As the world prepares to celebrate Global Tiger Day this Saturday, July 29, Great Cats keepers at the Smithsonian’s National Zoo have some big news to share about the 2-week-old Sumatran tiger cub in their care: it appears to be a boy! Over the past few days, keepers have been able to get a quick look at the cub and weigh him when mother, 8-year-old Damai, leaves the den to eat and defecate. The cub appears to be healthy and strong. Shortly after birth, he weighed about three-and-a-half pounds. Yesterday, he weighed six-and-a-half pounds.
“It can be difficult to determine the sex of a neonate cat because genitalia can look very similar for the first few weeks,” said Craig Saffoe, curator of Great Cats. “However, at a glance, it appears that Damai has a male cub! His first veterinary exam will take place in a couple of weeks, which includes a physical exam and vaccinations. We should be able to confirm the cub’s sex during that exam.”
The cub’s birth July 11 marked an important milestone for the Zoo: this is the second litter for mother Damai but the first for 13-year-old father, Sparky. Keepers are monitoring Damai and her offspring via a closed-circuit camera, allowing the family time to bond. Although the cub will not make his public debut until later this fall, Zoo visitors can see Sparky and the cub’s half-sibling, 3-year-old male Bandar, at the Great Cats habitat. The Zoo will provide updates on the cub on Facebook, Instagram and Twitter.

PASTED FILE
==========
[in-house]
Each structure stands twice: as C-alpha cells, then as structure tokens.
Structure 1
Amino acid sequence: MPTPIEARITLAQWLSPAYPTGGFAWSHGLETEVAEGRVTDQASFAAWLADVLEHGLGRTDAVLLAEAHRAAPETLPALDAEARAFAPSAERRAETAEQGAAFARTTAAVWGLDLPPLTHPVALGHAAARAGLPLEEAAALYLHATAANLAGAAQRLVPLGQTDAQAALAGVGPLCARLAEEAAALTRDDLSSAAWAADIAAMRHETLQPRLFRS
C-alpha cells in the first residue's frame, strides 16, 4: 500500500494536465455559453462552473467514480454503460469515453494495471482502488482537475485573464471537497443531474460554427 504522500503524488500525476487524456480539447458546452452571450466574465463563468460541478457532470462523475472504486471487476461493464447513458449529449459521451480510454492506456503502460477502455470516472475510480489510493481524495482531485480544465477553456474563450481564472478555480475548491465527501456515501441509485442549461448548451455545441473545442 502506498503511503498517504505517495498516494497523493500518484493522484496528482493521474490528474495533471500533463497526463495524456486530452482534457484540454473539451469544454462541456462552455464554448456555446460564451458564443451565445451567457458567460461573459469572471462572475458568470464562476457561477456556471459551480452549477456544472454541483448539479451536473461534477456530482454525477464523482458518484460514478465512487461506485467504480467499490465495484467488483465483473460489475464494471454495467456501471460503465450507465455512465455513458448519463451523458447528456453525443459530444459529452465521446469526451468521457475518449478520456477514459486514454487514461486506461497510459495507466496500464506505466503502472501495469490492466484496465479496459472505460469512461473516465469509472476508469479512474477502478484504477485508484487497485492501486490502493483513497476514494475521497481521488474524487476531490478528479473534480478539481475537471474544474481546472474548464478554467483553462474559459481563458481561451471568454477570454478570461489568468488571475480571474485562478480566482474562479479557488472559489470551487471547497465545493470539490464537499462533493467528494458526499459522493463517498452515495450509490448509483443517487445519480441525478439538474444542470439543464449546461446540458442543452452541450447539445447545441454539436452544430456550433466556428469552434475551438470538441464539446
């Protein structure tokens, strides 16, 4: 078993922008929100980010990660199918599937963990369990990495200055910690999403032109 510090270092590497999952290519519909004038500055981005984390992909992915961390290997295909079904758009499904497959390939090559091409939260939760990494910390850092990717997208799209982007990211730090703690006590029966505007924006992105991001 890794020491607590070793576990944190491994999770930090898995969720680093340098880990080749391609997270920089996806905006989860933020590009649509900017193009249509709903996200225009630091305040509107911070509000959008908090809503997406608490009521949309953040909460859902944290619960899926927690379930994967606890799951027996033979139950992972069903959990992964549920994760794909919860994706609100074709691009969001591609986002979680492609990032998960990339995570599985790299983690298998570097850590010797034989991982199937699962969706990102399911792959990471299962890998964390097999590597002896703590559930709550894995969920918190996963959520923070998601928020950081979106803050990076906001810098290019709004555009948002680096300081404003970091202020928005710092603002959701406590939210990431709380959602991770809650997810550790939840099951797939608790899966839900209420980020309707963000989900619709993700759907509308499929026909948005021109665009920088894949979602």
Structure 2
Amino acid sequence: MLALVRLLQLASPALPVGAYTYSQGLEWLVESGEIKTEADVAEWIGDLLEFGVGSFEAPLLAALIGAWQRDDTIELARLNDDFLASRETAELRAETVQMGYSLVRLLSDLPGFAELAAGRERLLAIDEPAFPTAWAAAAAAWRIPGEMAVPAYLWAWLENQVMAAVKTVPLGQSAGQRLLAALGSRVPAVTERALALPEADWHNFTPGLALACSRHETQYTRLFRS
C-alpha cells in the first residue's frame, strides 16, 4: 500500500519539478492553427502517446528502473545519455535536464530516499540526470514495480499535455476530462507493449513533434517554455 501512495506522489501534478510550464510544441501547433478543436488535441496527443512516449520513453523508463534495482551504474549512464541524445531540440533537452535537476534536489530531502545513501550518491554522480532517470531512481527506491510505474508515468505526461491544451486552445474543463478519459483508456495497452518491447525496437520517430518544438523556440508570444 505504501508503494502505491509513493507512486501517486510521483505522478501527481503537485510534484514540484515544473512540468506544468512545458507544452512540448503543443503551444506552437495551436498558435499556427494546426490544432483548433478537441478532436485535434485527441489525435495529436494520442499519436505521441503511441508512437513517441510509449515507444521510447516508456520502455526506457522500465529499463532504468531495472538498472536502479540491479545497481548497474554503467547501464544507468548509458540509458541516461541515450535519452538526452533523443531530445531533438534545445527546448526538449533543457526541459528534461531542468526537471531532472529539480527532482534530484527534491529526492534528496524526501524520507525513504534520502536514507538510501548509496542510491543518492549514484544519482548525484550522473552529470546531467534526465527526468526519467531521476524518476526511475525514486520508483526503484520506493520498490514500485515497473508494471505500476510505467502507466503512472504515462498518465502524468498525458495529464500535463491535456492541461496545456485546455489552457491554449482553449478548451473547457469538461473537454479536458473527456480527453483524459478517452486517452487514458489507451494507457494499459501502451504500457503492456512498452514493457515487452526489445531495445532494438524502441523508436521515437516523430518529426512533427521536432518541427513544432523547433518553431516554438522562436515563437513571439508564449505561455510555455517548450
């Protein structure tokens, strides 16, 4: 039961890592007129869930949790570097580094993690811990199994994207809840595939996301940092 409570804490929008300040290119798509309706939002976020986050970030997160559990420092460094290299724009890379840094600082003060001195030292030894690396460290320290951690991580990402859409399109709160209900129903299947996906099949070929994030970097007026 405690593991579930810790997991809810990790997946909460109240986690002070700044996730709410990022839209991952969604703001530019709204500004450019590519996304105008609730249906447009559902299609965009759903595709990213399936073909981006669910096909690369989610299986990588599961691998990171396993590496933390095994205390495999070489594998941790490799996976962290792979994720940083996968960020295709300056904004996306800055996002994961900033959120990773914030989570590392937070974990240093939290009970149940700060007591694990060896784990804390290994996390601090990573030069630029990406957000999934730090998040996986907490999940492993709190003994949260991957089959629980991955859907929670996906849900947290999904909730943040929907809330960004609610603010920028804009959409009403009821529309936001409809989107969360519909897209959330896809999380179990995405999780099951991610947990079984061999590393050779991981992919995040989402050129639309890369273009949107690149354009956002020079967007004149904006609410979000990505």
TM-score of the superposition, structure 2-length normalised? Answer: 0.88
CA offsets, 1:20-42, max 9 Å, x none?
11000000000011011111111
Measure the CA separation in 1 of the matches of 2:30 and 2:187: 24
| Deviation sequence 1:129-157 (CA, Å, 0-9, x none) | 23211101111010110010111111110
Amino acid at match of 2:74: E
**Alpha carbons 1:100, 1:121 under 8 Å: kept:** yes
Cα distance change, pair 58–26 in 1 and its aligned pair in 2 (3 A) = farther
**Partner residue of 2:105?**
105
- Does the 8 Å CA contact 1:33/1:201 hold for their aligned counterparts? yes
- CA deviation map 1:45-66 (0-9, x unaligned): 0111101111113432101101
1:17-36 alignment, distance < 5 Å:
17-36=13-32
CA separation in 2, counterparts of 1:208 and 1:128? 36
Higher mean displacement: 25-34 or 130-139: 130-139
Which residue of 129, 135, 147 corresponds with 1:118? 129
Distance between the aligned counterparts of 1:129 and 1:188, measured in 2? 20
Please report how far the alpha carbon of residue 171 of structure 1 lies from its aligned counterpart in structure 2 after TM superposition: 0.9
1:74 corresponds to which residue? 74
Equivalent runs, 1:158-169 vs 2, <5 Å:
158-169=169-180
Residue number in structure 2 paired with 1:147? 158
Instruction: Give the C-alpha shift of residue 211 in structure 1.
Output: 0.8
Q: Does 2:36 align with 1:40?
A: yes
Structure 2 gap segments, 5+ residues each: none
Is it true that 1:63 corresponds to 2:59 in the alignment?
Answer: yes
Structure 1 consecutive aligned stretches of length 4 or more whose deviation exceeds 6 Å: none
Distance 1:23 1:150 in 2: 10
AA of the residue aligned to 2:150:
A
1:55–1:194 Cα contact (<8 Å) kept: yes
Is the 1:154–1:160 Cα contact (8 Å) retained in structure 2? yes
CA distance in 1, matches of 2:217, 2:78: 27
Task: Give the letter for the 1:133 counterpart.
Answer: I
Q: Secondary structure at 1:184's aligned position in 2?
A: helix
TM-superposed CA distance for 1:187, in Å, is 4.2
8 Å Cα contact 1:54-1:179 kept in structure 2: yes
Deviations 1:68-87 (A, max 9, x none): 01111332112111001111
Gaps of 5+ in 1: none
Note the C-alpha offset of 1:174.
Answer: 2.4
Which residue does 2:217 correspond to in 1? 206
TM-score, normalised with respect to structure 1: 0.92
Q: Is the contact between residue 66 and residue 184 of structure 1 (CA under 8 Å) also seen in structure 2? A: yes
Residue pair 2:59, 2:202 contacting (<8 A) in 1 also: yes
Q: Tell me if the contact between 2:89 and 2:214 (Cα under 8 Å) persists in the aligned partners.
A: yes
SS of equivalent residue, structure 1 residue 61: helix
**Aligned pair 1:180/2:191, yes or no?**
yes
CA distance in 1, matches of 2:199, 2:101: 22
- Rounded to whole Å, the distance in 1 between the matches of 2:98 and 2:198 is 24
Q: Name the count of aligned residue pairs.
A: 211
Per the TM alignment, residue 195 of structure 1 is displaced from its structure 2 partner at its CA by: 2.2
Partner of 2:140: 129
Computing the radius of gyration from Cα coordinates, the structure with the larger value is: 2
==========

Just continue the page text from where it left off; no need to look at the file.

Smithsonian Conservation Biology Institute (SCBI) scientists play an active role in saving tigers in their native habitats by studying and working to protect them in range countries. In collaboration with USAID and local partners, SCBI scientists collect and analyze field data on tiger behavior, prey and habitat. In the Sundarbans mangrove forest in Bangladesh, camera traps are used to estimate the Bengal tiger population size. In an effort to prevent poaching and mitigate human-animal conflict, SCBI scientists train rangers to patrol the forest and provide them with equipment to assist population management.
The Zoo is home to Sumatran tigers, which are listed as critically endangered by the International Union for Conservation of Nature. It is estimated that between 300 and 400 exist in the wild.